Man tears down banner supporting LGBT youth

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A man tore down a banner on Jan. 23 that supported LGBT teens. An Orem mom had placed the banner in her yard in response to multiple suicides at Timpanogos High School.

The suicides were not confirmed or denied by school officials; however, they were enough to motivate Brenda (who asked that her full name be withheld) to do something.

Her home is near the school’s campus and she had the idea to put up banners along her fence. “Lots of kids, at least a third of the kids, are going by this once or twice a day,” she said. “If I can communicate to them that they are loved no matter who they love, I would love to get that message out there.”

Karina Andrew
The banner from The Trevor Project that Brenda hung on her fence (Karina Andrew).

She commissioned Encircle and The Trevor Project to create the banners. Encircle is an LGBT resource center for families and youth with locations in Provo, Salt Lake City, St. George and Logan. The Trevor Project is a national organization that provides crisis intervention and suicide prevention through a 24/7 hotline. Brenda said it seemed no one had ever commissioned either organization to design a banner. She hung up the banners which read “No sides, only love” and “You are never alone” during last April’s General Conference weekend.

Since then Brenda said she’s received positive affirmation from strangers. “We’ve had three people stop by and tearfully thank us for having the banners,” she said. “That they’re thankful that their kids get to walk by and see that somebody else supports them. They reassure us that we’re doing the right thing.”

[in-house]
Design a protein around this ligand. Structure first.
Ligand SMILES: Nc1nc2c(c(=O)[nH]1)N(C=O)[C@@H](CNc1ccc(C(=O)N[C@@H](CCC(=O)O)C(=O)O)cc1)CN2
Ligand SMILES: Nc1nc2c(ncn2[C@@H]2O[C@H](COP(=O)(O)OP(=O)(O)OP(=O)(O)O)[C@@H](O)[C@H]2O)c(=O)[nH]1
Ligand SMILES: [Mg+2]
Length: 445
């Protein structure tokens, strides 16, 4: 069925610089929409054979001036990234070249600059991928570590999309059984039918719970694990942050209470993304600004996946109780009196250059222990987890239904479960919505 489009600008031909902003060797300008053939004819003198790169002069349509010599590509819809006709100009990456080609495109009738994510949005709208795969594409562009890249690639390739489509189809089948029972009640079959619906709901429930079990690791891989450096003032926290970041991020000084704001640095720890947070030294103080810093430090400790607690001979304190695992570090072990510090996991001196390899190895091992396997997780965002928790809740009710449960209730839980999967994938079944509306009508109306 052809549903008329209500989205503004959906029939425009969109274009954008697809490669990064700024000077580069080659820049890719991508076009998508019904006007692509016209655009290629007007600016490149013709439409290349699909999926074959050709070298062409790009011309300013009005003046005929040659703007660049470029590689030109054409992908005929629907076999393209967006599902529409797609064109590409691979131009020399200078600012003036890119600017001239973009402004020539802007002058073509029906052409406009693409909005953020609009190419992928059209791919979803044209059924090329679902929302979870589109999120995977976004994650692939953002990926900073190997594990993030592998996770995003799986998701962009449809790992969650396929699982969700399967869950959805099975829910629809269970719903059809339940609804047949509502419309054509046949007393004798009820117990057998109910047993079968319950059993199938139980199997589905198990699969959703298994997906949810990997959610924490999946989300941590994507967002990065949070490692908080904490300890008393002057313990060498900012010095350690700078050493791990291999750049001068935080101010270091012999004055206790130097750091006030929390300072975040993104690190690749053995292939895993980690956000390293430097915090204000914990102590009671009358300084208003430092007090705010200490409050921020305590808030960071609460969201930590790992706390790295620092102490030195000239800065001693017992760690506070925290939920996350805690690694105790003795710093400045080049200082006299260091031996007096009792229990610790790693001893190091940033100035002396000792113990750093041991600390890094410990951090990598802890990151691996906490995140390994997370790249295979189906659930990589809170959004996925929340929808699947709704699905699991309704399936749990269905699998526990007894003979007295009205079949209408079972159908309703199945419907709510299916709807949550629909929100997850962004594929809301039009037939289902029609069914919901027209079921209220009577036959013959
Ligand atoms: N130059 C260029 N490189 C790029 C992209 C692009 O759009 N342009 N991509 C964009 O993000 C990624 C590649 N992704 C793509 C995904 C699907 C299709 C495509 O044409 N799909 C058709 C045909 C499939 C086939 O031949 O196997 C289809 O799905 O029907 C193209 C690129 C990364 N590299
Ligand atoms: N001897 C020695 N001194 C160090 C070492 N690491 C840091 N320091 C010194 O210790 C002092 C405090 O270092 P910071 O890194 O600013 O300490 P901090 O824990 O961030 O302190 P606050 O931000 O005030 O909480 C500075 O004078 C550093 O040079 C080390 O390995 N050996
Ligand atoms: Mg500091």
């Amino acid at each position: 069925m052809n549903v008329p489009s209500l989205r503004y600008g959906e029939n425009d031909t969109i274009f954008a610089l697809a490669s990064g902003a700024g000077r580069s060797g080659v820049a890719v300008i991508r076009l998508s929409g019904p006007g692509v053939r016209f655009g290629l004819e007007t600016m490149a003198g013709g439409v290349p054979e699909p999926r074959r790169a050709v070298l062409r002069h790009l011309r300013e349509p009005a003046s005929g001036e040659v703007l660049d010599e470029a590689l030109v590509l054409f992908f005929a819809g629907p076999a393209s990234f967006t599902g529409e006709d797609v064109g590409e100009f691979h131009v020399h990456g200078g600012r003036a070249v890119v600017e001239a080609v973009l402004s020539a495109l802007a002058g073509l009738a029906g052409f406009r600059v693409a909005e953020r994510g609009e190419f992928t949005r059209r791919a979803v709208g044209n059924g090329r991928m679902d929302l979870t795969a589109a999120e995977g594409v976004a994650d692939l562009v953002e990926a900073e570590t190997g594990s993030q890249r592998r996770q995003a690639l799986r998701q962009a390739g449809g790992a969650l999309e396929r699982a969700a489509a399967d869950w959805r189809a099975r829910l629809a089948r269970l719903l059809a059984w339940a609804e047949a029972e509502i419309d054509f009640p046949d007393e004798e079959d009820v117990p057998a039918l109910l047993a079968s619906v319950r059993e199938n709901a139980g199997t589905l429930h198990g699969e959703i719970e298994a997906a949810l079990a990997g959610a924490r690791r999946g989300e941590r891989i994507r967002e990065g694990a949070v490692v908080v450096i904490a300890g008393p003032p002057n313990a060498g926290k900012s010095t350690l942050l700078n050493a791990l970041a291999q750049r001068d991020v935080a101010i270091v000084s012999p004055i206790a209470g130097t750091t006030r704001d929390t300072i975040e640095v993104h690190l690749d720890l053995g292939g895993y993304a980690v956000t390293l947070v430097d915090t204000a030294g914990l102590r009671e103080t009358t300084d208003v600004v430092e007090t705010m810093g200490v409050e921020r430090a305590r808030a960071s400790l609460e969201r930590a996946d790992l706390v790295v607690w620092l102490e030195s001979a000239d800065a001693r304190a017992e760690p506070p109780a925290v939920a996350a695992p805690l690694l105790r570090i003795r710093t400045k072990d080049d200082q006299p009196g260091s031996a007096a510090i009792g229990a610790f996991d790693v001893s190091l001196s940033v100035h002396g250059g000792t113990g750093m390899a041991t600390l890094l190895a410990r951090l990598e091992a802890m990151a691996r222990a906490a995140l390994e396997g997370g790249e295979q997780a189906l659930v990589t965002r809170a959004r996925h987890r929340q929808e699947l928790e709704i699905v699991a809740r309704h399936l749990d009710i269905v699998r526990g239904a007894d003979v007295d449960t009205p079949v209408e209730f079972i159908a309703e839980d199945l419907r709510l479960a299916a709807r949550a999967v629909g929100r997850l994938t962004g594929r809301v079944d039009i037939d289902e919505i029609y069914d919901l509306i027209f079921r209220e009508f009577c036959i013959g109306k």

In June 2019, she hung a pride flag in her yard to celebrate pride month. During that month, her flag was stolen five times. “I want to use the word desecrated,” Brenda said when describing the experience. Her family would later find the flag in the garbage, dirty and cut up. They continued to plant the flag in their yard.

Brenda became concerned with her family’s safety. “It’s a very safe neighborhood,” she said. “You could leave your door unlocked.”

They previously had a single motion-activated security camera on their doorbell, but after their flag was stolen the second time, they invested in a new security system that could record their entire lawn 24/7.

Fast forward to January of this year. Their new security system captured a man tearing down their banner designed by Encircle. The cameras that recorded him are not hidden, according to Brenda. The man walked toward the banner twice but ran and hid behind the seminary building of Timpanogos High School when cars drove by. On the third approach, with no cars on the road, he tore down the banner.

Brenda said the invasion of her property has made her sympathetic to the plight of LGBT youth in the area. “If this is happening to an adult, what is happening to a kid in school?” she said.

While her flag and banner have been attacked, she said no one in the neighborhood has asked her to take them down. These events have always happened at night. At the same time, she said she has found very little support from her neighbors.

“I would like to start seeing banners like this around all high schools,” she said. But when she’s offered flags to her neighbors, none joined her. She even offered to help them plant flags in their yards. “We had zero neighbors call,” she said.

Encircle has shown support for Brenda. They began a fundraiser to buy billboards in the area displaying the same phrase that was on her banner: “No sides, only love.” According to Encircle COO Jacob Dunford, they have already fundraised over 60% of the needed funds because of donations from about 170 people. This way, according to the company, the banner “cannot be broken.”

Brenda said she has no ill will toward the perpetrator who tore down her banner. “I want him to learn what love is,” she said.

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